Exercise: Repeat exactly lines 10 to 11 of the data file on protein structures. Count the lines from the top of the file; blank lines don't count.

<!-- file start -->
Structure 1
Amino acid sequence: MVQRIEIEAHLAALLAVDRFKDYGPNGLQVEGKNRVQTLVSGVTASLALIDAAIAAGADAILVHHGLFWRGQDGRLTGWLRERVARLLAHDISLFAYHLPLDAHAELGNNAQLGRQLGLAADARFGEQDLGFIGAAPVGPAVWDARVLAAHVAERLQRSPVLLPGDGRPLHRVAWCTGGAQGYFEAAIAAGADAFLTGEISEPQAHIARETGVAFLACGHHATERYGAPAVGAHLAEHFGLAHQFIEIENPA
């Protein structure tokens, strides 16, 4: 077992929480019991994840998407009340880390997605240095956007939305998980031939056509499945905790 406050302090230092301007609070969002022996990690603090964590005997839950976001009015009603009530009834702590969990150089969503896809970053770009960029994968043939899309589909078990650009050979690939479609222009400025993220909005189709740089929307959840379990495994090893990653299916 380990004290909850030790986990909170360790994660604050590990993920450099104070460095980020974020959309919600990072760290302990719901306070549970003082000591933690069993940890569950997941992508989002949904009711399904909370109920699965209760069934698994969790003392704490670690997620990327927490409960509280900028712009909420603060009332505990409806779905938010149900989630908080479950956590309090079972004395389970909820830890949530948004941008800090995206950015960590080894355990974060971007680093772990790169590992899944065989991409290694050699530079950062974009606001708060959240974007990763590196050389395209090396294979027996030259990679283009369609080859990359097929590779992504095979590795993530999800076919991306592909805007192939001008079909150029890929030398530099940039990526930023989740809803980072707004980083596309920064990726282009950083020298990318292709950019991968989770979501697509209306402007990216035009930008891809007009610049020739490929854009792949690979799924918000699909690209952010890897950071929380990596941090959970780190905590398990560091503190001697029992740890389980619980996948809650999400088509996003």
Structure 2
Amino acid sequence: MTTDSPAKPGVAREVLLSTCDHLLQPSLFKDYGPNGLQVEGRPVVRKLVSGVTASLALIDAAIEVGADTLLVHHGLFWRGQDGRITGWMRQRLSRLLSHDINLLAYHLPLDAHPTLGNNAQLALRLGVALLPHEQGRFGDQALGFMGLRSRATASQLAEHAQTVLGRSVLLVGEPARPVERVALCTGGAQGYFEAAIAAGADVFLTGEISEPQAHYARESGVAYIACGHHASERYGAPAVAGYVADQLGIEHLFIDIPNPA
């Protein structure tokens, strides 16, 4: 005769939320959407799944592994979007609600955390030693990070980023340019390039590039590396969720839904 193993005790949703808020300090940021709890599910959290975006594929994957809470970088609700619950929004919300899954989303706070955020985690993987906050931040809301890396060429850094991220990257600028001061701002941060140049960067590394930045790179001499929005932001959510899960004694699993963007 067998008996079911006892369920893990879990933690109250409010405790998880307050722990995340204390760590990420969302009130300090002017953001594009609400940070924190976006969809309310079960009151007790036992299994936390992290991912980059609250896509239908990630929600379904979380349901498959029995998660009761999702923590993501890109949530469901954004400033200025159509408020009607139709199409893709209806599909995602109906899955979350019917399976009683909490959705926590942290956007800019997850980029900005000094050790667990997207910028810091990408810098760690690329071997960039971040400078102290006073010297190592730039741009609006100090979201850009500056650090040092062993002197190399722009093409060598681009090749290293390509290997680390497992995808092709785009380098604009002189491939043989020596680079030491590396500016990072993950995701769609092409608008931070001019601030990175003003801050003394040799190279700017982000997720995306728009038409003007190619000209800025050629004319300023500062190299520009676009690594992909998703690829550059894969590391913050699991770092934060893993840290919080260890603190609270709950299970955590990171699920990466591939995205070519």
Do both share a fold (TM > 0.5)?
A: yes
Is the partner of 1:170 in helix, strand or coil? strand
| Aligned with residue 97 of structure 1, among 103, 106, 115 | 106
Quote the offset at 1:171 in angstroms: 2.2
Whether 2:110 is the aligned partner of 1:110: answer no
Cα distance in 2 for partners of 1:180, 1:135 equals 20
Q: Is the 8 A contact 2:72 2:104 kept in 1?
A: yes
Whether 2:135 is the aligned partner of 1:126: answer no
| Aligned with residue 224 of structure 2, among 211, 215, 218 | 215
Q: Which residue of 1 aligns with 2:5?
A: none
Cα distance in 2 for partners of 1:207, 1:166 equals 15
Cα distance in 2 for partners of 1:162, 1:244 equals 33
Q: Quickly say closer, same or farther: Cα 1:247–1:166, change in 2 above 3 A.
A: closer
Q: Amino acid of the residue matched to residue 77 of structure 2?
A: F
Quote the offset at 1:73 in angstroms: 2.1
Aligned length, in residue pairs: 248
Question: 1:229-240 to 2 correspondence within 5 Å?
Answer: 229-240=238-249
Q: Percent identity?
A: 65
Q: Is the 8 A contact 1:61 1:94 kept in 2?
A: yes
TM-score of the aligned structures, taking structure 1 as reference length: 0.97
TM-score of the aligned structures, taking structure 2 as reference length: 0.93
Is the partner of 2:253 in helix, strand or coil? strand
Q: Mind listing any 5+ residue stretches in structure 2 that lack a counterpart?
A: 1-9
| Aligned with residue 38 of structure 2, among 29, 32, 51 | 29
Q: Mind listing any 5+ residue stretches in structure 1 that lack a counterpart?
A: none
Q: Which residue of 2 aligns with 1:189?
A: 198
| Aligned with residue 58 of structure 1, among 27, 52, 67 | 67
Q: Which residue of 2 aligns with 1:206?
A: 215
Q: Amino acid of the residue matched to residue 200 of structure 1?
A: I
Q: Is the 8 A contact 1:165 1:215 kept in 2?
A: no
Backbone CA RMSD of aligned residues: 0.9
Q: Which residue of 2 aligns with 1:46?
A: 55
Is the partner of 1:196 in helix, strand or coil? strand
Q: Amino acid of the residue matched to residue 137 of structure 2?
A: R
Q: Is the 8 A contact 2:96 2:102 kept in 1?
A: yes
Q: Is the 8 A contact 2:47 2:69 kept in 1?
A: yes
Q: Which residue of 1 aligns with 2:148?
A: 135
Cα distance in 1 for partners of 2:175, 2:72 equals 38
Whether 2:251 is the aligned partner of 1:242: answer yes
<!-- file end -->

| Aligned with residue 97 of structure 1, among 103, 106, 115 | 106
Quote the offset at 1:171 in angstroms: 2.2